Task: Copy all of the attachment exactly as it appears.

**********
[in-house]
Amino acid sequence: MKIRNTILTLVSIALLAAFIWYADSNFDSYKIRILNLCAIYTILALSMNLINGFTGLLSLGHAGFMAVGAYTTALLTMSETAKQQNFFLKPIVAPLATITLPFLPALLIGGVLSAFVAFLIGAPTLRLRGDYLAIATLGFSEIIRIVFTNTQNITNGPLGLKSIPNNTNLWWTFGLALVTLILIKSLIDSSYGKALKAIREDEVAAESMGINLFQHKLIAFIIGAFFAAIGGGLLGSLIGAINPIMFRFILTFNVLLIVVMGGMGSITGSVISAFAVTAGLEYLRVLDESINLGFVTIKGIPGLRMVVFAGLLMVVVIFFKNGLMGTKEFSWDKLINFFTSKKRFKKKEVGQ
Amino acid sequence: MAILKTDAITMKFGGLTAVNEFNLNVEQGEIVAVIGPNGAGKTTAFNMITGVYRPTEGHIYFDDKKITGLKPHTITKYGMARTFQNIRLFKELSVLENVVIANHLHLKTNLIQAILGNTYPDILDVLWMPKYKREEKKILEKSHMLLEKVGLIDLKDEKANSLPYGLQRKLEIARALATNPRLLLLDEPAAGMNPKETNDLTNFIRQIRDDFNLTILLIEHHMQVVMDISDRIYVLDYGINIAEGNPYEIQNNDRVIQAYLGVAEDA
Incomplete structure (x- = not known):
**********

[in-house]
Amino acid sequence: MKIRNTILTLVSIALLAAFIWYADSNFDSYKIRILNLCAIYTILALSMNLINGFTGLLSLGHAGFMAVGAYTTALLTMSETAKQQNFFLKPIVAPLATITLPFLPALLIGGVLSAFVAFLIGAPTLRLRGDYLAIATLGFSEIIRIVFTNTQNITNGPLGLKSIPNNTNLWWTFGLALVTLILIKSLIDSSYGKALKAIREDEVAAESMGINLFQHKLIAFIIGAFFAAIGGGLLGSLIGAINPIMFRFILTFNVLLIVVMGGMGSITGSVISAFAVTAGLEYLRVLDESINLGFVTIKGIPGLRMVVFAGLLMVVVIFFKNGLMGTKEFSWDKLINFFTSKKRFKKKEVGQ
Amino acid sequence: MAILKTDAITMKFGGLTAVNEFNLNVEQGEIVAVIGPNGAGKTTAFNMITGVYRPTEGHIYFDDKKITGLKPHTITKYGMARTFQNIRLFKELSVLENVVIANHLHLKTNLIQAILGNTYPDILDVLWMPKYKREEKKILEKSHMLLEKVGLIDLKDEKANSLPYGLQRKLEIARALATNPRLLLLDEPAAGMNPKETNDLTNFIRQIRDDFNLTILLIEHHMQVVMDISDRIYVLDYGINIAEGNPYEIQNNDRVIQAYLGVAEDA
Incomplete structure (x- = not known):